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For cat scratching solutions there are different methods to refrain your cat from scratching on your furniture, channeling his efforts to acceptable areas, choosing the appropriate scratching surfaces, and find the best locations for the
I will start with what has worked well for me. Since I tend to go with comfort rather than look in my home, “home décor” is not my priority. The best way I keep my cats from scratching up the couch and other furniture is to cover them. Cats will not sink their nails into loose fabric. The covering for my furniture is actually prettier than the fabric from with it is made, so pretty covering works great. Other cat scratching solutions that work would be taping aluminum foil in particular places where your kitty scratches, or using double sided sticky tape (they really don’t like the feel of this). When cats scratch the surface of your furniture they are also leaving their particular scents to establish their territory. Cover the cats scent by using a citrus aroma, cats do not like the smell of citrus and this might discourage your cat from scratching.
If you catch your cat in the act of doing something they shouldn’t be doing a loud and abrupt noise will stop them in action. Yelling, shaking coins in a plastic bottle or smacking rolled newspaper next to them should also do the trick. Others have suggested using a squirt bottle on your cat, but this only works for cats who do not like water. Make sure that when you do this you must catch your cat in the act of scratching. Scolding your cat afterwards will not help; he will not understand why he is being scolded. Just keep in mind that cats do what they are not suppose to do when you are not present, they are smart and sneaky.
Your cat must scratch something so you need to supply your cat with acceptable objects. Important things to consider:
1. What appeals to you may not appeal to your kitty. When deciding which kind of acceptable scratching posts to use remember that it is important to have something that is appealing and convenient to your cat. If you bring home something that is only appealing to you she might just look at you with a blank stare and walk away. Don’t ever take it upon yourself to show her how to use the post by taking her front paws and make scratching motions on the object. Not only will she struggle until she gets herself free but she might look at the object now with distain. Cats to do not like to be made to do anything, they must choose to do so.
2. What are appropriate surfaces? For cat scratching solutions cats like rough surfaces that they can sink their nails in and shred to pieces. Though something like a tree stump or trunk is best, after all that is natures scratching post. Scratching posts need to be tall enough for your kitty to extend her full body; most important is that it must be secure. Cats scratch in usually one of two ways. They may extend their entire body when they stretch to scratch, for this one you will need to provide a tall sturdy starching surface. The other way cats scratch is by only working their shoulder muscles. A flat scratching surface works great for this type of scratching. These types can stay flat on the floor or mounted up at an angel. No matter what height the scratching surface is, it must be stable. If the post or board falls it will frighten your kitty and she will likely not use it again. Scratching surfaces come in different textures and your cat may prefer one over the other. I have shag carpet in my house which cats do not bother. I bought pieces of flat inexpensive carpet and used Velcro to attach it to various door frames around the house that the cats preferred – they loved it! Most textures for scratching include rope-wrapped posts, carpet, or cardboard.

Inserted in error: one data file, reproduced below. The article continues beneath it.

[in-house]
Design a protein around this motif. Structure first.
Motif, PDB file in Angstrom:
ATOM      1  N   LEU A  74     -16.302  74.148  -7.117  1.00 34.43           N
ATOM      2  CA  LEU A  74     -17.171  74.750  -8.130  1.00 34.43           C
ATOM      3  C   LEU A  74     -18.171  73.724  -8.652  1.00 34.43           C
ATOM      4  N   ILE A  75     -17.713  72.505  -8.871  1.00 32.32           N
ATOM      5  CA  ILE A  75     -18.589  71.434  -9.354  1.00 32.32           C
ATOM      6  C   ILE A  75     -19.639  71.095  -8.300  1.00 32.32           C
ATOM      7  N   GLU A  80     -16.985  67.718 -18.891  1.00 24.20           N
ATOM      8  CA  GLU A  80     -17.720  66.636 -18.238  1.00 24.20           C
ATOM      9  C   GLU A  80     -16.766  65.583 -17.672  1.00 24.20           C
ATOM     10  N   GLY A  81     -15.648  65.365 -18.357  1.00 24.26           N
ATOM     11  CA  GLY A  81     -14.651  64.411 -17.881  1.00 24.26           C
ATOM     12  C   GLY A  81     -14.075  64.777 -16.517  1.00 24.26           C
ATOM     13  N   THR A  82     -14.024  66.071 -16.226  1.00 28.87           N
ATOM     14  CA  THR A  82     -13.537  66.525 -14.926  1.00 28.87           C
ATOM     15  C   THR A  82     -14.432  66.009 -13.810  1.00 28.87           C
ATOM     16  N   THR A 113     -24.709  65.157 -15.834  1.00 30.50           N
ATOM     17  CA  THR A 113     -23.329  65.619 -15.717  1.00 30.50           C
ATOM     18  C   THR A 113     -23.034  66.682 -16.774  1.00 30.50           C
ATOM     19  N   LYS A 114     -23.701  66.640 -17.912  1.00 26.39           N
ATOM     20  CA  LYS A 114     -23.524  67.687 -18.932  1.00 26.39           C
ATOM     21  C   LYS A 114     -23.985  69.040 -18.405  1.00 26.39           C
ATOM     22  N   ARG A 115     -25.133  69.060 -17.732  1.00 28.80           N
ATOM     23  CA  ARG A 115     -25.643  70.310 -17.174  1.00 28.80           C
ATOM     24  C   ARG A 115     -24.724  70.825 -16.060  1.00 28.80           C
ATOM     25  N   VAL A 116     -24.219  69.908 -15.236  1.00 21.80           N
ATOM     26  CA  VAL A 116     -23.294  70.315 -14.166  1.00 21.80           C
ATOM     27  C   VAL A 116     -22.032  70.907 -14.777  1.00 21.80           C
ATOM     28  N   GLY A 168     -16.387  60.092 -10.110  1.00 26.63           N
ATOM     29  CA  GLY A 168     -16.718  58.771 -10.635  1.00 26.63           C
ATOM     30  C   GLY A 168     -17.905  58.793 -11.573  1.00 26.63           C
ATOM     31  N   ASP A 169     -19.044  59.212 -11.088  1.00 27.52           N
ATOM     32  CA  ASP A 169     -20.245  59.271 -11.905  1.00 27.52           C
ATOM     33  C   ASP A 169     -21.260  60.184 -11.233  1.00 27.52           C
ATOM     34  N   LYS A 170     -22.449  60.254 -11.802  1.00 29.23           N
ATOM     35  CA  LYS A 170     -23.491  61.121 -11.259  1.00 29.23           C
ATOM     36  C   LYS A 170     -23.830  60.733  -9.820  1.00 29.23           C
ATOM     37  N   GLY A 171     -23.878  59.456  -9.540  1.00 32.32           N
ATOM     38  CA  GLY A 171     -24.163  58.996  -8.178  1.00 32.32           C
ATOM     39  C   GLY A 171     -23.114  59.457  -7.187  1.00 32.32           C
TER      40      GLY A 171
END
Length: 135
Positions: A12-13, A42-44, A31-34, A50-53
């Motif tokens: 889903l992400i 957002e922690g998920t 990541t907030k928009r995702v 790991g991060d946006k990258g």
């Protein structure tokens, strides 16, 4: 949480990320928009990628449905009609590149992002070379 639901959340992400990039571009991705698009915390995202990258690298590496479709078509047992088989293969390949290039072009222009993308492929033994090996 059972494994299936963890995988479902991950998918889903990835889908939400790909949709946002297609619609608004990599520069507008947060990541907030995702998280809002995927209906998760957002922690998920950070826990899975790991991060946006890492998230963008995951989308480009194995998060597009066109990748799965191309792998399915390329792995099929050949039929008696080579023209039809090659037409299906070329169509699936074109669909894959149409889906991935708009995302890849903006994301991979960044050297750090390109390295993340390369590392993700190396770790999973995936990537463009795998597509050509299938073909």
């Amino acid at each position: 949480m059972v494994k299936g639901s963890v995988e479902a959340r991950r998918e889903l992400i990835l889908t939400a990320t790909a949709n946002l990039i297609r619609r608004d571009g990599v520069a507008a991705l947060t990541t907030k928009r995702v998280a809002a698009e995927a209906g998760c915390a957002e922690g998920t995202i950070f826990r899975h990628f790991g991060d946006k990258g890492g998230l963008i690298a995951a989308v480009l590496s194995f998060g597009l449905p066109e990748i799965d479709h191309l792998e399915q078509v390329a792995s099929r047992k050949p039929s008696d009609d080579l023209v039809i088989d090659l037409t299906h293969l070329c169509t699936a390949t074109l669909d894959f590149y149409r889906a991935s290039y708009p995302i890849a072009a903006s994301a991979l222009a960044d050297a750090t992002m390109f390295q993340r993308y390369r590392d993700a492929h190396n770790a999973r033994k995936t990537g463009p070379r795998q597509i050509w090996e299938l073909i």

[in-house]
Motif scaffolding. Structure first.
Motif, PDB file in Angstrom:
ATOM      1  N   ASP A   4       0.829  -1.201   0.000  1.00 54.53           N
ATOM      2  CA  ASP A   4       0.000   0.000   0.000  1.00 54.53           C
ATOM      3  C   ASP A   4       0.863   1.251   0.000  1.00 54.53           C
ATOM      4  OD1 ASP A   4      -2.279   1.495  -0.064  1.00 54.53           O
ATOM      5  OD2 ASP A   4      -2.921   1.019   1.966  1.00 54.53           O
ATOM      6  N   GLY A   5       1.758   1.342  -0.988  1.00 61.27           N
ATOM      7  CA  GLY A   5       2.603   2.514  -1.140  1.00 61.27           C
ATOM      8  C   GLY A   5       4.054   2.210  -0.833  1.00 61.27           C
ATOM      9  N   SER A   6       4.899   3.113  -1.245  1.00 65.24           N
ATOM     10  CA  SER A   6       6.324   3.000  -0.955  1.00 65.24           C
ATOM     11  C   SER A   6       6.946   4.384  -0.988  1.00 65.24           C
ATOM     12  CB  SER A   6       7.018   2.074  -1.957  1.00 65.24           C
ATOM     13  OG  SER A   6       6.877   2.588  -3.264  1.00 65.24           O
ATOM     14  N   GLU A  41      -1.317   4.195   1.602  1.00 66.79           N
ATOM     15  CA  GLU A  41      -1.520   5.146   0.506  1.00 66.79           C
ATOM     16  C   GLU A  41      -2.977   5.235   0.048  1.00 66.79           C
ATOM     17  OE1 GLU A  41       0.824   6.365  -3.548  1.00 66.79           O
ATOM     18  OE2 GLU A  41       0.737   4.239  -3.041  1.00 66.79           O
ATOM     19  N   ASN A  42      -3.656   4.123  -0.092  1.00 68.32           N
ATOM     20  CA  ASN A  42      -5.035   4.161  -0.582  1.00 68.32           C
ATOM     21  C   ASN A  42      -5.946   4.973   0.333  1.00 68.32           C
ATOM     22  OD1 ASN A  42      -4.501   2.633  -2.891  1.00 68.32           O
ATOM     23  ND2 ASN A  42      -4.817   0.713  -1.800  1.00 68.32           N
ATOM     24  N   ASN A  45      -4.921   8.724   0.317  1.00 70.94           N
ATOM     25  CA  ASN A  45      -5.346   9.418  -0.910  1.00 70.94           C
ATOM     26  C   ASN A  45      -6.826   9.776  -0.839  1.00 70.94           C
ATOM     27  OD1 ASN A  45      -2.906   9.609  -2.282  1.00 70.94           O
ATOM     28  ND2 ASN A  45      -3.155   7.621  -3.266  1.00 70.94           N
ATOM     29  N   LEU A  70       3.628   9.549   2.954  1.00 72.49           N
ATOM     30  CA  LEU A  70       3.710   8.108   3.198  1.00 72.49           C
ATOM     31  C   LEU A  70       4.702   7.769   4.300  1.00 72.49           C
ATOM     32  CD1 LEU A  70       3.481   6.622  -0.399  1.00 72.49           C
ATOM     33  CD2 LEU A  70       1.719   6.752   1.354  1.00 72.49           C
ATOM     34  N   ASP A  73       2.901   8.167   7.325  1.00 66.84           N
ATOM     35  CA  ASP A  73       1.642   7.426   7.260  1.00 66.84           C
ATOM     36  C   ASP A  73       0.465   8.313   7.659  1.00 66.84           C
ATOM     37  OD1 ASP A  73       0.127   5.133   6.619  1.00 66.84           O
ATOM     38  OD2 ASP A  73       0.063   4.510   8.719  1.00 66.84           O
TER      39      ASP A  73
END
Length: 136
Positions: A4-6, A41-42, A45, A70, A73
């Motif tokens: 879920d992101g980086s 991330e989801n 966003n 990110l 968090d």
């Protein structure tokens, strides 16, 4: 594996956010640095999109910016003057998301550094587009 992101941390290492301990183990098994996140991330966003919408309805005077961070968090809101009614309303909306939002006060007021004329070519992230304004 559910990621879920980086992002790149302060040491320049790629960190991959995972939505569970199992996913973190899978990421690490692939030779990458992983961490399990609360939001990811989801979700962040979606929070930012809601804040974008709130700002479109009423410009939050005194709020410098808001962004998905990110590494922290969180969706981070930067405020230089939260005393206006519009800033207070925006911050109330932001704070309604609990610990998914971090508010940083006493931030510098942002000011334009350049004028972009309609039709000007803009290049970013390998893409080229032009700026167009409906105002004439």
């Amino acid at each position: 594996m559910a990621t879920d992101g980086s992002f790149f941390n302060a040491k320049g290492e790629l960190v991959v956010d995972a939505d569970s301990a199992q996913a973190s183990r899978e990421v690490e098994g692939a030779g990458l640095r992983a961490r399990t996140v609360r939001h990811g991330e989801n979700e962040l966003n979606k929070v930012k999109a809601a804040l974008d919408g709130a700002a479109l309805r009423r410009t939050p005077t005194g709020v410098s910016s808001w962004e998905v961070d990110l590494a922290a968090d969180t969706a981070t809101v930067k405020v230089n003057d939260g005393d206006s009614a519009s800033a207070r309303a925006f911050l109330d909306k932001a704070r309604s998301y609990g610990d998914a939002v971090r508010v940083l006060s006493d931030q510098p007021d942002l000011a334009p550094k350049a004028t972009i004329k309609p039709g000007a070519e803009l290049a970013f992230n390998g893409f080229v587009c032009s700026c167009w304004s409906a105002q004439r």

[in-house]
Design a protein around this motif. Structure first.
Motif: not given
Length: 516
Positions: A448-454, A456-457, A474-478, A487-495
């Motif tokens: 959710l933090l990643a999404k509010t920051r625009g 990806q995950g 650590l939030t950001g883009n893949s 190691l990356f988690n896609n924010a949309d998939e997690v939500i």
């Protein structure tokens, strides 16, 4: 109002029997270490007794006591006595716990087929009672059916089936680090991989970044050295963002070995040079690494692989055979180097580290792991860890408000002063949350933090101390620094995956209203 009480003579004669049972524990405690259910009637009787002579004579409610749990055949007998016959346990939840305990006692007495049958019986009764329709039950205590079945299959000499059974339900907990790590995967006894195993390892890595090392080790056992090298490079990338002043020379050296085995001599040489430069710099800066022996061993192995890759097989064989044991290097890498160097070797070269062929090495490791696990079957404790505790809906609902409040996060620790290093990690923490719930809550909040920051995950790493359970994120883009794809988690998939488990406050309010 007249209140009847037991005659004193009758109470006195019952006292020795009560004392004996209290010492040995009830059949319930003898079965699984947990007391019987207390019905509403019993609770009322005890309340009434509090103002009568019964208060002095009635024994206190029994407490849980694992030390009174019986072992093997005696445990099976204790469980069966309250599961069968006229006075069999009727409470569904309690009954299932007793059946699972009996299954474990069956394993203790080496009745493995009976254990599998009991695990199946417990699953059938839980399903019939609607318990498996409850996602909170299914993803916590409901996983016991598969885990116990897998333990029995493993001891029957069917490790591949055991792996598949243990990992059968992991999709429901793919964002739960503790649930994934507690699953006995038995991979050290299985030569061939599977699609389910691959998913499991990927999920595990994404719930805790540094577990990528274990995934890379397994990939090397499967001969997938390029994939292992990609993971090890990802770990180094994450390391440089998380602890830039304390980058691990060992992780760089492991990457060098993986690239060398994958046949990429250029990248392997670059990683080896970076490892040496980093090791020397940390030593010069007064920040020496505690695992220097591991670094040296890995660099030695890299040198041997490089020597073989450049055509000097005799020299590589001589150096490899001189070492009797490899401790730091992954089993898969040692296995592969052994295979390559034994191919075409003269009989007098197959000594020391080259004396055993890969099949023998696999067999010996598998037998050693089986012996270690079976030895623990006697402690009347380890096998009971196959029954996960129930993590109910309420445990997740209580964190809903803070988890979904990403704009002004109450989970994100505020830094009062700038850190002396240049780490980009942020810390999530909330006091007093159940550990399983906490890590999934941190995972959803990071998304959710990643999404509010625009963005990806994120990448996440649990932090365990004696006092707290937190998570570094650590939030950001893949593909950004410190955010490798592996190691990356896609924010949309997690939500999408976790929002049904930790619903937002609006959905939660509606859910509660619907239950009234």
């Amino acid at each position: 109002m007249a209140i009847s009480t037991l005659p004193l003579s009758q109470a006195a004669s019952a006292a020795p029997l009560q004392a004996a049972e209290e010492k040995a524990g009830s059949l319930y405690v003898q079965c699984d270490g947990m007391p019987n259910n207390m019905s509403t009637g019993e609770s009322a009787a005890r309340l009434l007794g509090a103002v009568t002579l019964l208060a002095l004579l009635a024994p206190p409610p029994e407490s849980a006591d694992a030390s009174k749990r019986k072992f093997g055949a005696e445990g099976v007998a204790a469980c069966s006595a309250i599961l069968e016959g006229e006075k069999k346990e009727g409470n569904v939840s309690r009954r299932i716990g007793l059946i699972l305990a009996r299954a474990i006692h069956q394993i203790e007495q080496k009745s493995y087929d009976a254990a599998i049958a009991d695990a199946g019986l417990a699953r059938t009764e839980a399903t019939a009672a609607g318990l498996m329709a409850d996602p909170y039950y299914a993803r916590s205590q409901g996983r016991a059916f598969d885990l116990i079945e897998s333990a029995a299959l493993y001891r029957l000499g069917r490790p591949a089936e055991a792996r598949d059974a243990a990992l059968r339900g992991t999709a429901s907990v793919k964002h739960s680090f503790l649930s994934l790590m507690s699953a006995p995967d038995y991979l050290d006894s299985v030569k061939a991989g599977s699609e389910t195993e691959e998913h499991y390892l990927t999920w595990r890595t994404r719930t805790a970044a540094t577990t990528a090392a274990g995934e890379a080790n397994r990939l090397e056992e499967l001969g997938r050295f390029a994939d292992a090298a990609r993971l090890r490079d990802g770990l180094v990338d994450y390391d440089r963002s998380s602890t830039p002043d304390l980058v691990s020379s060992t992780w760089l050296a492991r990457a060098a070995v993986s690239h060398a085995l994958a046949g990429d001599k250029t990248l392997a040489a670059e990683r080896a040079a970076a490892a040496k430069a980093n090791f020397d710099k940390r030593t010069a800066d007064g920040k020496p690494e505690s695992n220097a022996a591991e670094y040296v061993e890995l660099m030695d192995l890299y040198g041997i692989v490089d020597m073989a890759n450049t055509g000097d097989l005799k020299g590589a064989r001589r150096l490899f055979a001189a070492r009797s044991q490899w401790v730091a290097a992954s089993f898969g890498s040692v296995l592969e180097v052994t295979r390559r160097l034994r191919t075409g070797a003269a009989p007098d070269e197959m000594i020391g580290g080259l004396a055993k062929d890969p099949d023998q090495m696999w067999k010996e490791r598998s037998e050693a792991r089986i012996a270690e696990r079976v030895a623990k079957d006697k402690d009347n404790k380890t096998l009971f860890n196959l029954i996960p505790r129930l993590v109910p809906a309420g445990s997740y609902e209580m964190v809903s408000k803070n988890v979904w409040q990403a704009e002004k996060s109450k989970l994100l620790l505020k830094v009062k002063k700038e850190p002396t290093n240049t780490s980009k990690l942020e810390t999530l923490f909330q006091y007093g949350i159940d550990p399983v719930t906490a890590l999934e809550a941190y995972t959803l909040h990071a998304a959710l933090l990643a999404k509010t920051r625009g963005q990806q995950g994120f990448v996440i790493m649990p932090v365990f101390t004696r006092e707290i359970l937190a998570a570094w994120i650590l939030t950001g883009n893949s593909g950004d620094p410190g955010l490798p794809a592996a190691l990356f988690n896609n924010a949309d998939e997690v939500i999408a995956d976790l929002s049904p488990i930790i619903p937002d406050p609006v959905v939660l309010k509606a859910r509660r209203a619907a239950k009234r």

For cat scratching solutions, think about where your kitty scratches the most and that will be the most important location to put the scratching post. Your kitty will be where the family resides the most, do not stick it in some dark corner. I have a very large cat tree/condo with 9 rope-wrapped posts. It is placed in our den where we reside the most and placed in front of a window for peering outside. If you have a large house and your family resides in various locations, more than one scratching surface may be useful. I have several small low cost flat posts around the house.
For cat scratching solutions, you can encourage your kitty to use her post by feeding, giving treats, and playing with her by the post. Rubbing catnip leaves into the post may entice her. Use a string or toy and have her to chase it around the post. Make this a pleasurable experience. Offer her rewards when she uses it.